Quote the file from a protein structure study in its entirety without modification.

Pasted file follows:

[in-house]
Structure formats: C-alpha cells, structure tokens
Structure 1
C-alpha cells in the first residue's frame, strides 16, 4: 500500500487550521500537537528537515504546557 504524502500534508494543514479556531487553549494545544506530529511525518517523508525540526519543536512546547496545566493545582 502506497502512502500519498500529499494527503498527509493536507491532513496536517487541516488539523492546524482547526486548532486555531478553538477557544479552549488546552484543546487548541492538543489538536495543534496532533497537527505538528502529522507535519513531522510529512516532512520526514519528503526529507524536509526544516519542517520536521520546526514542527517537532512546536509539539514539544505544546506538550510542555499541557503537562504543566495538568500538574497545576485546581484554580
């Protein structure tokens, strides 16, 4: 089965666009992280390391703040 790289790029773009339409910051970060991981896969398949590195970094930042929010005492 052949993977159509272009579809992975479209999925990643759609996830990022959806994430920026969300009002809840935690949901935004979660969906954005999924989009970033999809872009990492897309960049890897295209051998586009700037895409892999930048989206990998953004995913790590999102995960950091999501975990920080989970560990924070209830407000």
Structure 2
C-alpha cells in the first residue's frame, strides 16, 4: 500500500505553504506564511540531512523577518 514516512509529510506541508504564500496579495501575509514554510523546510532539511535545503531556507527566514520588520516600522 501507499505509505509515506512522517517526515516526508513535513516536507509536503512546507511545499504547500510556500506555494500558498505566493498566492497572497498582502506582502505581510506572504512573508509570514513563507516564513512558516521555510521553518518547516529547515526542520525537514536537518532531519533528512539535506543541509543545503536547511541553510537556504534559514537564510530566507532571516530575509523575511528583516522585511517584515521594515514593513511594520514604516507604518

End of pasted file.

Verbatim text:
[in-house]
Structure formats: C-alpha cells, structure tokens
Structure 1
C-alpha cells in the first residue's frame, strides 16, 4: 500500500487550521500537537528537515504546557 504524502500534508494543514479556531487553549494545544506530529511525518517523508525540526519543536512546547496545566493545582 502506497502512502500519498500529499494527503498527509493536507491532513496536517487541516488539523492546524482547526486548532486555531478553538477557544479552549488546552484543546487548541492538543489538536495543534496532533497537527505538528502529522507535519513531522510529512516532512520526514519528503526529507524536509526544516519542517520536521520546526514542527517537532512546536509539539514539544505544546506538550510542555499541557503537562504543566495538568500538574497545576485546581484554580
């Protein structure tokens, strides 16, 4: 089965666009992280390391703040 790289790029773009339409910051970060991981896969398949590195970094930042929010005492 052949993977159509272009579809992975479209999925990643759609996830990022959806994430920026969300009002809840935690949901935004979660969906954005999924989009970033999809872009990492897309960049890897295209051998586009700037895409892999930048989206990998953004995913790590999102995960950091999501975990920080989970560990924070209830407000």
Structure 2
C-alpha cells in the first residue's frame, strides 16, 4: 500500500505553504506564511540531512523577518 514516512509529510506541508504564500496579495501575509514554510523546510532539511535545503531556507527566514520588520516600522 501507499505509505509515506512522517517526515516526508513535513516536507509536503512546507511545499504547500510556500506555494500558498505566493498566492497572497498582502506582502505581510506572504512573508509570514513563507516564513512558516521555510521553518518547516529547515526542520525537514536537518532531519533528512539535506543541509543545503536547511541553510537556504534559514537564510530566507532571516530575509523575511528583516522585511517584515521594515514593513511594520514604516507604518